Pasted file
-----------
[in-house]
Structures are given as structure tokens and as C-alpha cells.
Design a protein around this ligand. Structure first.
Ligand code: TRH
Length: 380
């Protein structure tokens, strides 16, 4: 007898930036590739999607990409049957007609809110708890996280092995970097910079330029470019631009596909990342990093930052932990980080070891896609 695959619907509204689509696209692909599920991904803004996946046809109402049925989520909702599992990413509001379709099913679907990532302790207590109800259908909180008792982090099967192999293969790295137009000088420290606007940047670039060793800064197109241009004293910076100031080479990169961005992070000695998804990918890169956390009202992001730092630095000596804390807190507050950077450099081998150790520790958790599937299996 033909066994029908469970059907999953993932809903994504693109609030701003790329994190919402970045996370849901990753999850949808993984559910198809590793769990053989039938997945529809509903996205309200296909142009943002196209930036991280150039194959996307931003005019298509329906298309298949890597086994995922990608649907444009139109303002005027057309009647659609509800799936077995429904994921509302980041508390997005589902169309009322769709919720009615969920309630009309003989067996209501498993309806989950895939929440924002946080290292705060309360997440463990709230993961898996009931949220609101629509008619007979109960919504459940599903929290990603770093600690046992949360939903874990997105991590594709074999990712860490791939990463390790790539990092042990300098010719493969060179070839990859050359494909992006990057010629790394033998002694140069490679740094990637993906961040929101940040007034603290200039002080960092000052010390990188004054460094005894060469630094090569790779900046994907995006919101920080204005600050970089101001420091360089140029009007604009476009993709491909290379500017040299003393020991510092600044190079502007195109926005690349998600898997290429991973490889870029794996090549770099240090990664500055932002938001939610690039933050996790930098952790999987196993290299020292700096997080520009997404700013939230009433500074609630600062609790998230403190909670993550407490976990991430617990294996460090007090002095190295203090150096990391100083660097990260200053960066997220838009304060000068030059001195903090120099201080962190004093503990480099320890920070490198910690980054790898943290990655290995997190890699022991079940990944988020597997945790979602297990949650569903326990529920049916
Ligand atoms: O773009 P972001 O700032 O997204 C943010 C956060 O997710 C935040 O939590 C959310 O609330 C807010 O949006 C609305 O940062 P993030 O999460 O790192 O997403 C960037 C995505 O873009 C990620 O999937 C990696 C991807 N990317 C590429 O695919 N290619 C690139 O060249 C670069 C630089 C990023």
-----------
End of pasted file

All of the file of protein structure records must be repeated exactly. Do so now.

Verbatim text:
[in-house]
Structures are given as structure tokens and as C-alpha cells.
Design a protein around this ligand. Structure first.
Ligand code: TRH
Length: 380
């Protein structure tokens, strides 16, 4: 007898930036590739999607990409049957007609809110708890996280092995970097910079330029470019631009596909990342990093930052932990980080070891896609 695959619907509204689509696209692909599920991904803004996946046809109402049925989520909702599992990413509001379709099913679907990532302790207590109800259908909180008792982090099967192999293969790295137009000088420290606007940047670039060793800064197109241009004293910076100031080479990169961005992070000695998804990918890169956390009202992001730092630095000596804390807190507050950077450099081998150790520790958790599937299996 033909066994029908469970059907999953993932809903994504693109609030701003790329994190919402970045996370849901990753999850949808993984559910198809590793769990053989039938997945529809509903996205309200296909142009943002196209930036991280150039194959996307931003005019298509329906298309298949890597086994995922990608649907444009139109303002005027057309009647659609509800799936077995429904994921509302980041508390997005589902169309009322769709919720009615969920309630009309003989067996209501498993309806989950895939929440924002946080290292705060309360997440463990709230993961898996009931949220609101629509008619007979109960919504459940599903929290990603770093600690046992949360939903874990997105991590594709074999990712860490791939990463390790790539990092042990300098010719493969060179070839990859050359494909992006990057010629790394033998002694140069490679740094990637993906961040929101940040007034603290200039002080960092000052010390990188004054460094005894060469630094090569790779900046994907995006919101920080204005600050970089101001420091360089140029009007604009476009993709491909290379500017040299003393020991510092600044190079502007195109926005690349998600898997290429991973490889870029794996090549770099240090990664500055932002938001939610690039933050996790930098952790999987196993290299020292700096997080520009997404700013939230009433500074609630600062609790998230403190909670993550407490976990991430617990294996460090007090002095190295203090150096990391100083660097990260200053960066997220838009304060000068030059001195903090120099201080962190004093503990480099320890920070490198910690980054790898943290990655290995997190890699022991079940990944988020597997945790979602297990949650569903326990529920049916
Ligand atoms: O773009 P972001 O700032 O997204 C943010 C956060 O997710 C935040 O939590 C959310 O609330 C807010 O949006 C609305 O940062 P993030 O999460 O790192 O997403 C960037 C995505 O873009 C990620 O999937 C990696 C991807 N990317 C590429 O695919 N290619 C690139 O060249 C670069 C630089 C990023």